- Imported Food Safety- FDA has new tools to ensure that those imported foods meet US standards and are safe for our consumers. For example, for the first time, importers must verify that their foreign suppliers have adequate preventive controls in place to ensure safety, and FDA will be able to accredit qualified third party auditors to certify that foreign food facilities are complying with U.S. food safety standards.
- Response- For the first time, FDA will have mandatory recall authority for all food products. FDA expects that it will only need to invoke this authority infrequently since the food industry largely honors our requests for voluntary recalls.
- Enhanced Partnerships- The legislation recognizes the importance of strengthening existing collaboration among all food safety agencies—U.S. federal, state, local, territorial, tribal and foreign–to achieve our public health goals. For example, it directs FDA to improve training of state, local, territorial and tribal food safety officials.
Published Foundational Rules for Implementation of FSMA
- Current Good Manufacturing Practice and Hazard Analysis and Risk-Based Preventive Controls for Human Food (78 FR 3646, January 16, 2013)
- Standards for the Growing, Harvesting, Packing, and Holding of Produce for Human Consumption (78 FR 3504, January 16, 2013)
- Current Good Manufacturing Practice and Hazard Analysis and Risk-Based Preventive Controls for Food for Animals (78 FR 64736, October 29, 2013)
- Foreign Supplier Verification Programs (FSVP) for Importers of Food for Humans and Animals (78 FR 45730, July 29, 2013)
- Accreditation of Third-Party Auditors/Certification Bodies to Conduct Food Safety Audits and to Issue Certifications (78 FR 45782, July 29, 2013)
- Focused Mitigation Strategies To Protect Food Against Intentional Adulteration (78 FR 78014, December 24, 2013)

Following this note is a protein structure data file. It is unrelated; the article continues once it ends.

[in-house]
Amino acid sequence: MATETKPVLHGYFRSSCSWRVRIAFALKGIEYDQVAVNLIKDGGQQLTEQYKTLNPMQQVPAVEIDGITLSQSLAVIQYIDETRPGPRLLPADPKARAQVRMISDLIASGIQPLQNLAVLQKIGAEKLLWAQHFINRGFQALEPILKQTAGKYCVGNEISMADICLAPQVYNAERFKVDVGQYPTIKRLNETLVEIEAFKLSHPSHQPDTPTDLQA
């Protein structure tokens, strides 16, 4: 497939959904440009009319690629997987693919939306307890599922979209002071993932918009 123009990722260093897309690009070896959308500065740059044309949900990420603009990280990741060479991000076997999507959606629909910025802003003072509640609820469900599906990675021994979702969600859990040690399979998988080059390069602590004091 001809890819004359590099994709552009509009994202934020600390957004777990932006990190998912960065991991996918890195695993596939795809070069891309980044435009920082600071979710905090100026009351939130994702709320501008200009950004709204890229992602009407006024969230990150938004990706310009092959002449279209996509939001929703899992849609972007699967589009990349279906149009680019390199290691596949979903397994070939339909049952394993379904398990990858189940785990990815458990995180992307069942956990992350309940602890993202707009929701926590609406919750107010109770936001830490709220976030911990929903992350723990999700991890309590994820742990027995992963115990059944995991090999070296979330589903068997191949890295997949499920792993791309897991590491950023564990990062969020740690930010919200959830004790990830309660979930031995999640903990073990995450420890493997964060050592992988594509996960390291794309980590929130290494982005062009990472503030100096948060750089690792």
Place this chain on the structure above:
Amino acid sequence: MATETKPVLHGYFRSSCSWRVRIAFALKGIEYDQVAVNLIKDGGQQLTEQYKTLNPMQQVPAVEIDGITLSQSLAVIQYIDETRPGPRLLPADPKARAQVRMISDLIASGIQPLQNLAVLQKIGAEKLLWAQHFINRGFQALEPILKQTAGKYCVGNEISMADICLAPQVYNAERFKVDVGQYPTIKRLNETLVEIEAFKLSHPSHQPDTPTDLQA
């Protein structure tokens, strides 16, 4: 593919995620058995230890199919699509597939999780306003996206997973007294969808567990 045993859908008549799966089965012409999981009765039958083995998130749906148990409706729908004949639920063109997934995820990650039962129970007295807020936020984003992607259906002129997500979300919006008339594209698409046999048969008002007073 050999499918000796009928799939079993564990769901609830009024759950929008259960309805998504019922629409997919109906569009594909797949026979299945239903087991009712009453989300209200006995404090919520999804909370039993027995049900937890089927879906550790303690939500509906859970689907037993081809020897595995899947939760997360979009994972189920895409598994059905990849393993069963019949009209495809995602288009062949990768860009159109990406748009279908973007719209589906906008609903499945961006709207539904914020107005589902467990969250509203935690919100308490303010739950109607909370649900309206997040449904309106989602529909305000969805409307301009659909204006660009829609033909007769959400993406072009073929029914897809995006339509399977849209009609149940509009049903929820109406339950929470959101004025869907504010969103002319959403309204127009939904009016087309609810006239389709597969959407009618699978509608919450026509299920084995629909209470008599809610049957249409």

- Sanitary Transportation of Human and Animal Food (79 FR 7006, February 5, 2014)
Published Supplemental Notices
- Current Good Manufacturing Practice and Hazard Analysis and Risk-Based Preventive Controls for Human Food (79 FR 58524, September 29, 2014)
- Standards for the Growing, Harvesting, Packing, and Holding of Produce for Human Consumption (79 FR 58434, September 29, 2014)
- Current Good Manufacturing Practice and Hazard Analysis and Risk-Based Preventive Controls for Food for Animals (79 FR 58476, September 29, 2014)
- Foreign Supplier Verification Programs (FSVP) for Importers of Food for Humans and Animals (79 FR 58574, September 29, 2014)
For additional information on FSMA check out the following websites:
- FDA Food Safety Modernization Home page FDA: Food Safety Modernization Act You may also like to sign up for their email list to keep up to date on changes.
- FSPCA The Food Safety Preventive Controls Alliance (FSPCA) is a broad-based public private alliance consisting of key industry, academic and government stakeholders whose mission is to support safe food production by developing a nationwide core curriculum, training and outreach programs to assist companies producing human and animal food in complying with the preventive controls regulations that will be part of the Food Safety Modernization Act (FSMA). FSPCA: Food Safety Prevention Control Alliance . There is a long list of resources that may assist you, as well
PowerPoint from workshop 9/2015 Mavity – FSMA 2015